The Hungry Tiger of Oz/Chapter 20

The Hungry Tiger of Oz  (1926)  by Ruth Plumly Thompson
Chapter 20

Chapter 20: Safe in the Emerald CityEdit

"Wait! Wait!" begged Ozma, jumping up and hurrying after him. "Atmos Fere, Atmos dear, don't you remember you promised to carry us across the desert and back to Oz?" By this time they had all run out into the garden, but Atmos did not even seem to hear their pleas. With Ippty and Irashi under one arm, he was feverishly kicking off his iron boots.

"These villains," puffed Atmos, holding up his unhappy victims, "are as Carter said, of no use on the earth at all, but they will be very useful to me in the sky. Not as good specimens as I could have wished for, but I will take them back with me, to prove that there are really people at the bottom of the air. After the lecture, I shall drop them on some lonely island where they can do no further mischief," declared Atmos calmly.

"Hurrah!" roared the Hungry Tiger, over-joyed that his secret would now be kept safely.

"After the lecture," gasped Ozma faintly, "But that will be years and years by skytime?"

"Years and years," acknowledged Atmos, with a grin, and freeing himself from one boot soared a hundred feet into the air. "Look out below!" he called warningly, "Here comes the other one."

They had just time to dodge aside when the other iron boot came crashing to earth. "Good-bye!" shouted the airman in a faraway voice, "Good-bye, little Princess, I'll see you again, some time!"

"Good-bye!" called Ozma, sadly. Standing on tip-toe, the whole company strained their eyes to catch a last glimpse of their strange fellow adventurer. But Atmos and the two wicked Rashers had already disappeared above the clouds.

"Oh!" wailed Ozma suddenly, "How are we going to cross the Deadly Desert now?"

"Don't cross it," begged Reddy again, "Stay here. Please, stay here!"

"Maybe Dorothy or the Wizard will look in the Magic Picture," suggested Betsy hopefully. "Watch out Carter, you're taking root again."

With a little exclamation of annoyance, the Vegetable Man jerked himself loose and began to comfort the Princess of Oz.

"It was really the best thing that could have happened," he assured her eagerly. "With Irashi and Ippty out of the way, Reddy can rule his Kingdom in peace, and while those two rogues will not really suffer, they will be kept out of mischief for years to come.

"That's so," mused Ozma, thoughtfully, "and I'm rather glad Atmos has some proof. He was such an old dear, when you got to know him."

"You may have my big wig if you wish," offered Reddy, generously, "but I'm afraid, even as a giant, you could not step across the desert."

"No," sighed Ozma, "I suppose not. Besides, every ruler should have at least one magic possession. With the Rash rubies and the giant's wig you ought to be able to rule for many years without any trouble."

"How about the rubies?" asked Carter. "Wouldn't the ruby that protected us from the Gnome King protect us from the burning sands? Why, maybe it was that ruby that helped us to cross the desert in the first place. I had it then, you know!"

"I thought it was the quick sandals," said Betsy. "Maybe the ruby would not work on sand Carter and-"

"I have thought of something!" cried Fizzenpop, who was anxious for Reddy to keep all of his magic treasures. "It would be unwise for her Majesty to risk crossing the desert with only the ruby to help her, but with our marvelous canes nothing could harm her at all."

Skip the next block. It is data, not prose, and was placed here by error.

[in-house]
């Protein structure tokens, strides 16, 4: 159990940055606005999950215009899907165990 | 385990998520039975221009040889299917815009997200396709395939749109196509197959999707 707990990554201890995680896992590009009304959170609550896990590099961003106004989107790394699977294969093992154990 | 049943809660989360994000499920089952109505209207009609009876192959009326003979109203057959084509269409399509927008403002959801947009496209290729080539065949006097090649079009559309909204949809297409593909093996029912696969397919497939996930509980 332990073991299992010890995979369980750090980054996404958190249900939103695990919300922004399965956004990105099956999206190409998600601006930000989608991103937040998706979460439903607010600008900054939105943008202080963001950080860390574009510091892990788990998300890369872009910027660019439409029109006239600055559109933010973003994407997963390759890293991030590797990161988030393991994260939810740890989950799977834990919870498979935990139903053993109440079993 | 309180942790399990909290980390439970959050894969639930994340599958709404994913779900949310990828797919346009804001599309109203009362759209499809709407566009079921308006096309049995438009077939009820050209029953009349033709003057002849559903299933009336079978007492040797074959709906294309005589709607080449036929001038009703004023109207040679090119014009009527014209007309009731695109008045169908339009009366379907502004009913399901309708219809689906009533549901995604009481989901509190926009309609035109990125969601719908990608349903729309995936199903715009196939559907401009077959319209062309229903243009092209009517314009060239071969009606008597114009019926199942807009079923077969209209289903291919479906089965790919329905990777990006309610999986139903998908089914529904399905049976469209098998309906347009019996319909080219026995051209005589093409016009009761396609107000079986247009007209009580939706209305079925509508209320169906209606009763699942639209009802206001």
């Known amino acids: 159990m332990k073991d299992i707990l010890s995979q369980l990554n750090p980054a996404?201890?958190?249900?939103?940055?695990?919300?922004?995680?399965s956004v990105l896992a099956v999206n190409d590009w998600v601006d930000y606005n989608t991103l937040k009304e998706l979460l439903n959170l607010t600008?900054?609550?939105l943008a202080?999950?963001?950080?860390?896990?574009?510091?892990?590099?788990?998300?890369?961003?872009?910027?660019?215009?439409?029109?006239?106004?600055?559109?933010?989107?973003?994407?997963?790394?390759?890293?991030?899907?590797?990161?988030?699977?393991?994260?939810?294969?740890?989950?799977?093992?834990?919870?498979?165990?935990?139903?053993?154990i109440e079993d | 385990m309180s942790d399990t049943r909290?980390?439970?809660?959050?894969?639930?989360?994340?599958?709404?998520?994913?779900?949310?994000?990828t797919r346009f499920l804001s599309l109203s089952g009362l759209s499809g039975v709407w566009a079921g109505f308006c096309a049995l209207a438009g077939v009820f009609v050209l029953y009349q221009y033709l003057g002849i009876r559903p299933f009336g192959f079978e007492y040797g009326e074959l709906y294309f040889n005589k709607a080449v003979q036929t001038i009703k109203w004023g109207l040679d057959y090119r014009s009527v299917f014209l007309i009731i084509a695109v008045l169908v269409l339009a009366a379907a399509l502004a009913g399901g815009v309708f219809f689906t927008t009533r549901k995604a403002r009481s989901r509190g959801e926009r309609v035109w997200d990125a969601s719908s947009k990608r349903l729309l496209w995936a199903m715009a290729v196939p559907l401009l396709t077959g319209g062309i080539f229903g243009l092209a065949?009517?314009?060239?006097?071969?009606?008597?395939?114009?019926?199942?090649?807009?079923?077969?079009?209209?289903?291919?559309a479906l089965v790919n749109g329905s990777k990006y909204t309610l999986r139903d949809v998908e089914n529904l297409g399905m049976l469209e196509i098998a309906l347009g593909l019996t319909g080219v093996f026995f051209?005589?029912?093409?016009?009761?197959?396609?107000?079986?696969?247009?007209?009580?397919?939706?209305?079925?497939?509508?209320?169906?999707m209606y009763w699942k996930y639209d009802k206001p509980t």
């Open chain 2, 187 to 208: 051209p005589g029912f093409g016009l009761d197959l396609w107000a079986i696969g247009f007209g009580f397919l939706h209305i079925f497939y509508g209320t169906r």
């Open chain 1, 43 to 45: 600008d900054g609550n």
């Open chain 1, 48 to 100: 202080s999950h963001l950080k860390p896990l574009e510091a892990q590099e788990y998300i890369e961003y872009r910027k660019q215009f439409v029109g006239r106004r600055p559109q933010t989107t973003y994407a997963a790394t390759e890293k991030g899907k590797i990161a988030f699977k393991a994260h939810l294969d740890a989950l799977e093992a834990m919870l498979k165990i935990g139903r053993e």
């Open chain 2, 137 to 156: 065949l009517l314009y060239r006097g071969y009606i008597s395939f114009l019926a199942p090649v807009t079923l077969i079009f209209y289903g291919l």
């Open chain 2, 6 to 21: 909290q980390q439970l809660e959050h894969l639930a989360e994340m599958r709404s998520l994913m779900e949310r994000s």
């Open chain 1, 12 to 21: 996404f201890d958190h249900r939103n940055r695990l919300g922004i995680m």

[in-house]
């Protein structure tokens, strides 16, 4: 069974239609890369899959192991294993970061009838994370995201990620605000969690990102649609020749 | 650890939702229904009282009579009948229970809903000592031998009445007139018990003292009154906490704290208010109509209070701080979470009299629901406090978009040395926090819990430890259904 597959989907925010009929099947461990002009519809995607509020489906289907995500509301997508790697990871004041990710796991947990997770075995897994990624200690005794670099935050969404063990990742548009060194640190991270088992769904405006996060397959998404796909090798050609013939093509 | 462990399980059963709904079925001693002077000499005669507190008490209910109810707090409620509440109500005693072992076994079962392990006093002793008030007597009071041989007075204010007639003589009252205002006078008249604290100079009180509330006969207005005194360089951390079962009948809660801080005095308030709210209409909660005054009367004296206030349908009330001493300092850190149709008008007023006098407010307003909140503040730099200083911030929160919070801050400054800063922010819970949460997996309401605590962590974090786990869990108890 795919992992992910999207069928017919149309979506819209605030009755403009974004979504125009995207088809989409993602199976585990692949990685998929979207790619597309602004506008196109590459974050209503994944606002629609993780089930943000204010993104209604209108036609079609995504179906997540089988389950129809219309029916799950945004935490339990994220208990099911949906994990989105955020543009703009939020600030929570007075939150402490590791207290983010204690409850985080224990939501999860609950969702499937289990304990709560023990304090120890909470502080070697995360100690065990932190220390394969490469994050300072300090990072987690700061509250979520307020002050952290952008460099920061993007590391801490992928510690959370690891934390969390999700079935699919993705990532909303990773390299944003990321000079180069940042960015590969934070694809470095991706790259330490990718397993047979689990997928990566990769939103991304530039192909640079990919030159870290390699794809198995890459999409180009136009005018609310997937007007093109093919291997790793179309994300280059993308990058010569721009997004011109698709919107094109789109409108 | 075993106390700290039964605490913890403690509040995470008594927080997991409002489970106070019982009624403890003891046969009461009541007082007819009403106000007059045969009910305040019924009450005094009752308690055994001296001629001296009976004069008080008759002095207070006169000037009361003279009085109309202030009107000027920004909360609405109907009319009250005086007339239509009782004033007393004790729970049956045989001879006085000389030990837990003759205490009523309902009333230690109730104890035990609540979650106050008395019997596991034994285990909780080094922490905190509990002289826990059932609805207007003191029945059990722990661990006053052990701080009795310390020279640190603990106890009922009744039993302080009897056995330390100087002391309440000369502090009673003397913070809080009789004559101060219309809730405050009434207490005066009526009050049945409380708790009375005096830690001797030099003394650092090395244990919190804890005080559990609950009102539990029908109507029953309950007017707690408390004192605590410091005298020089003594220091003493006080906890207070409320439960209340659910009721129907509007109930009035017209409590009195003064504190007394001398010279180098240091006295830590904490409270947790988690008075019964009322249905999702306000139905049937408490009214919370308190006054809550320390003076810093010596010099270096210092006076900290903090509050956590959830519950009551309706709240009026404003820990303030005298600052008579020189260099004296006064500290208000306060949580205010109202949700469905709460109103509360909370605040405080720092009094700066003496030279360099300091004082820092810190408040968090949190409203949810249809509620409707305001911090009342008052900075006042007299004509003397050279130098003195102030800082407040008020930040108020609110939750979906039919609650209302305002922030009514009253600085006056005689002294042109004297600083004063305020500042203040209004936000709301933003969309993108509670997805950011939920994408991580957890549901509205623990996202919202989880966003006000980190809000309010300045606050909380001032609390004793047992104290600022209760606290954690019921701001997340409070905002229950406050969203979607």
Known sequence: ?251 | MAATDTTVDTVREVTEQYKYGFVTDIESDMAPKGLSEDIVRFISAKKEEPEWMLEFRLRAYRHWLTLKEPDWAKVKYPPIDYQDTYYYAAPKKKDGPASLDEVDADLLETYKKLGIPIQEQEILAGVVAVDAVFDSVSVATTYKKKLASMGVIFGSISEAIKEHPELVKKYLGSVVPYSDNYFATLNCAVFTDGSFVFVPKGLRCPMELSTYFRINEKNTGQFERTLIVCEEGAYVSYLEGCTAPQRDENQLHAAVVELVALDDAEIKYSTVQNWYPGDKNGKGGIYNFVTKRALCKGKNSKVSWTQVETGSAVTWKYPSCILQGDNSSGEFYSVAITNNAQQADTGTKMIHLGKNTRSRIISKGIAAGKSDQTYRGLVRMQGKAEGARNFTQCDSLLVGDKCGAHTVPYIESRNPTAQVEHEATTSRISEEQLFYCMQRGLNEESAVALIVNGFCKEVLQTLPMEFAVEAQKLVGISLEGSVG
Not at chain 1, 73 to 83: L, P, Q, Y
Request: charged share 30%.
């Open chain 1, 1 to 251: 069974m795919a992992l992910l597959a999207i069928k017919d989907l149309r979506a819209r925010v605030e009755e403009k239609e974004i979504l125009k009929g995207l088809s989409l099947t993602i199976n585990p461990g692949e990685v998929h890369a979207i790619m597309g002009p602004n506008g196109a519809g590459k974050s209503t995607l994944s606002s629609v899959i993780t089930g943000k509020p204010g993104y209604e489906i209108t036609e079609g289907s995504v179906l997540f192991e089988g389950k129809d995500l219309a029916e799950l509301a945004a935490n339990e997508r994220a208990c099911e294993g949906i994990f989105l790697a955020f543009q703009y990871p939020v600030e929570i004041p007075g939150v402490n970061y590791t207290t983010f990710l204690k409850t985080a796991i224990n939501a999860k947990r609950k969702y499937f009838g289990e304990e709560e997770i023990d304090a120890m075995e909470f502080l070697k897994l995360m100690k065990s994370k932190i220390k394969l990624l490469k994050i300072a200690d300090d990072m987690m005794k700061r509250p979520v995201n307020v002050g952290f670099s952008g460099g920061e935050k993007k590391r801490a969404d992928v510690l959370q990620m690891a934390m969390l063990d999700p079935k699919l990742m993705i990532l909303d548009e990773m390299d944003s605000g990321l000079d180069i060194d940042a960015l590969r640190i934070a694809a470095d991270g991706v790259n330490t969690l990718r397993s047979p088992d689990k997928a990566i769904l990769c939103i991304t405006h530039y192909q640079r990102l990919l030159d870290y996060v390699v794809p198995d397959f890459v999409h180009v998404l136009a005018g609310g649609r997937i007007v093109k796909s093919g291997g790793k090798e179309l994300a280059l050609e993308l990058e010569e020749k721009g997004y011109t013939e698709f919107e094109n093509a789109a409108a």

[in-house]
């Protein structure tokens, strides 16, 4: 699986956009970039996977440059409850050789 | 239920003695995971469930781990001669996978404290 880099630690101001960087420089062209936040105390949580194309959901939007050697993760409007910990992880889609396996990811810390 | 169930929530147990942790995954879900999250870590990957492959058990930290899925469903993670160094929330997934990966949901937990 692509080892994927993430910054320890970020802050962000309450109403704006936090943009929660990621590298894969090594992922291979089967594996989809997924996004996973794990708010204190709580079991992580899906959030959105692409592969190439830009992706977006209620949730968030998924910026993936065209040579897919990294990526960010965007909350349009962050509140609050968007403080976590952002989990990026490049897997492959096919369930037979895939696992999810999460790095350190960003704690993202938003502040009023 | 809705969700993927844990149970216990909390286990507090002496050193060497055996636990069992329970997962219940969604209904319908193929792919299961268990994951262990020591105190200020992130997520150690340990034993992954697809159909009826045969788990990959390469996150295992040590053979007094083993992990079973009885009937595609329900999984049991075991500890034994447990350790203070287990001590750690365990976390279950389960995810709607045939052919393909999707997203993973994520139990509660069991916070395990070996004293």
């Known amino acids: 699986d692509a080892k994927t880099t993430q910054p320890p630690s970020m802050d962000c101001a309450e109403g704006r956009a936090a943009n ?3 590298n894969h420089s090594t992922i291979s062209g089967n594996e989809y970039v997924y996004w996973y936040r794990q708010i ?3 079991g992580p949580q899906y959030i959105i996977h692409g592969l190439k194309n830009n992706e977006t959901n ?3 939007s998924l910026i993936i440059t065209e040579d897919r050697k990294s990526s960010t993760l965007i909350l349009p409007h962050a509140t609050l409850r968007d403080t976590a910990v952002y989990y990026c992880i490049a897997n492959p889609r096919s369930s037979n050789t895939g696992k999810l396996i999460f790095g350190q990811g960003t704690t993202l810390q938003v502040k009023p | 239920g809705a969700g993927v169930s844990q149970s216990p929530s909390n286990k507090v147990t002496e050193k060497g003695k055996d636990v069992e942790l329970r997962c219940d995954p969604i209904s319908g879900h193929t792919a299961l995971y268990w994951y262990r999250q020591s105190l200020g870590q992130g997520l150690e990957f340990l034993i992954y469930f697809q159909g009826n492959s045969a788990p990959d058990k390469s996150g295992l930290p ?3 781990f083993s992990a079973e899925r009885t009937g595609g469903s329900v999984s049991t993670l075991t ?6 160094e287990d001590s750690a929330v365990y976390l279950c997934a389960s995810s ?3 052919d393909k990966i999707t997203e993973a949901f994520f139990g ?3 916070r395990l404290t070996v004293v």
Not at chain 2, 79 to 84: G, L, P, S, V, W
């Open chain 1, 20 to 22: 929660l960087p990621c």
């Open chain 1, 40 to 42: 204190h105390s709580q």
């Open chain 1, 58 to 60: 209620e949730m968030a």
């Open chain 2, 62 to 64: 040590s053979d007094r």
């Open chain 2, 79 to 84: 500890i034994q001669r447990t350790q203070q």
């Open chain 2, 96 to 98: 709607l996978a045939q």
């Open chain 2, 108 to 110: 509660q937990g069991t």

"Canes?" murmured Ozma.

"Hurry canes," smiled the Grand Vizier. "With our patent action, triply guaranteed hurry canes you can all cross the Deadly Desert and safely return to Oz."

"Oh, Fizzenpop!" exclaimed Reddy, in de-light, "Why didn't I think of that?"

The Hungry Tiger rolled up his eyes and shuddered, but the others, who had never ridden a Rash hurry cane, were charmed with the Grand Vizier's suggestion. That evening, after Reddy had shown Ozma and the others all over his pretty pink Kingdom, and after the populace had given three cheers for the Rescuers of Rash, Fizzenpop took five hurry canes from the umbrella stand. Five, because at the last minute, Reddy insisted upon going to the Emerald City, too.

Giving Fizzenpop the giant wig, but keeping the Rash rubies himself, and promising to return in a month, Reddy mounted his hurry cane. Then, at a signal from the little Prince, each traveller clapped the head upon his cane and in five furious flashes they were off for Oz, and five minutes later, a little shocked and breathless, dropped down in the Emerald City itself.

Knowing that dear delightful place as you do, you can imagine the welcome accorded the travellers. There were feasts and processions and story tellings and parties enough to satisfy even the Hungry Tiger. For days nothing was talked of, but the marvelous adventures of Betsy Bobbin and the little Princess of Oz. Carter Green was so sought after and invited about, he could not have taken root, even had he wanted to. The little Prince Evered has since returned to his own country, but often comes over to spend a pleasant evening in the castle, bringing along his big wig, to entertain the Scarecrow.

As for the Hungry Tiger, he never drops off to sleep without thanking his stars he is not a kitten, and if at times he looks a little hollow-eyed and wan, he is on the whole happier than ever, for he has learned that it is better to have a stomach-ache than a heart-ache and the heart-aches he had in Rash, missing his friends, cured him forever of the desire to eat a live man.

In the pink palace of Rash the iron boots of Atmos are still shown to visitors, to prove that an airman really visited that country, and on clear nights old Fizzenpop, with a telescope, tries to catch a glimpse of his wicked countrymen.

THE END